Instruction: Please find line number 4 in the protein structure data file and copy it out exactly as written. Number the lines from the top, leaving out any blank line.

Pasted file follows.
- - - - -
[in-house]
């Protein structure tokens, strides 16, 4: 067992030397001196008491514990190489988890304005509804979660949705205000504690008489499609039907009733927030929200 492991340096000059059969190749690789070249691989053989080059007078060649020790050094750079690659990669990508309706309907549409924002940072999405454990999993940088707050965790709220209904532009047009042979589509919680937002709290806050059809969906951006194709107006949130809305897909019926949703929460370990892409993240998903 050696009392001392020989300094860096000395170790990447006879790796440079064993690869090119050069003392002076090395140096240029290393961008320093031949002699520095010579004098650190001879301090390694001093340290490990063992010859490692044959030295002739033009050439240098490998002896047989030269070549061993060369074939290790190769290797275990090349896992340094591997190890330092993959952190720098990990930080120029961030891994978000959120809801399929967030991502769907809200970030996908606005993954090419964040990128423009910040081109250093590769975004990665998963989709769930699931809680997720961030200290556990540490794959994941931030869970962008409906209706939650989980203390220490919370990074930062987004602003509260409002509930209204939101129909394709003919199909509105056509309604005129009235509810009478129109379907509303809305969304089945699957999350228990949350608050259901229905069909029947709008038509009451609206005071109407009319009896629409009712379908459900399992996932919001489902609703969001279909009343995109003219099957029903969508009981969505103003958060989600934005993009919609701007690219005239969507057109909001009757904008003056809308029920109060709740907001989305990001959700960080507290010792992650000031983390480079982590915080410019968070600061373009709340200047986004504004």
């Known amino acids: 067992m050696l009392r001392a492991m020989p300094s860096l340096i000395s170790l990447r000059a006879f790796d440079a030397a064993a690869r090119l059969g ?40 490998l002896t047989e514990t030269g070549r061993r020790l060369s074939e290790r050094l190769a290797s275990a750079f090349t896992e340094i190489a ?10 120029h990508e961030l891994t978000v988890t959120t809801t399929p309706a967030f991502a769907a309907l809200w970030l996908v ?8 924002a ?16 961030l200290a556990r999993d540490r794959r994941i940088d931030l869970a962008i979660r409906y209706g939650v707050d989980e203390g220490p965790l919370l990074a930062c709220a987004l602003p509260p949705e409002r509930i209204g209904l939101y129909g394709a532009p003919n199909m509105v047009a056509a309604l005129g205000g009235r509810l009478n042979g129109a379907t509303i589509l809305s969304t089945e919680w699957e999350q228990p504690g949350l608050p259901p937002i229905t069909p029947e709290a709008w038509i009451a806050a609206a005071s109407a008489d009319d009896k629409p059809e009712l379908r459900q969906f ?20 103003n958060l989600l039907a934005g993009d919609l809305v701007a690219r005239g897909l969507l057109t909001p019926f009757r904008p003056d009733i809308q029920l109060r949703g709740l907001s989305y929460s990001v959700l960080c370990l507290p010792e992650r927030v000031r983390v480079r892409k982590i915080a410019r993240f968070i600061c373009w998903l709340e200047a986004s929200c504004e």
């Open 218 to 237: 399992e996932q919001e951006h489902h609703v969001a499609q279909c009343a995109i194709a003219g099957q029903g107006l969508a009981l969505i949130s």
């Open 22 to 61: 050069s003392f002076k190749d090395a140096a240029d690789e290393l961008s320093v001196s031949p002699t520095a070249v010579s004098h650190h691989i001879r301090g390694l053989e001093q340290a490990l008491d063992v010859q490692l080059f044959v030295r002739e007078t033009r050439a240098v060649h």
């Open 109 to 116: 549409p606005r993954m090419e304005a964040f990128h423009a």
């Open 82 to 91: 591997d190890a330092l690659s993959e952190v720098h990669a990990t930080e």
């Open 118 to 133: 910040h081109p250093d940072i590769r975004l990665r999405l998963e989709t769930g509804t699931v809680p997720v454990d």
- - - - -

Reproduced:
């Open 218 to 237: 399992e996932q919001e951006h489902h609703v969001a499609q279909c009343a995109i194709a003219g099957q029903g107006l969508a009981l969505i949130s």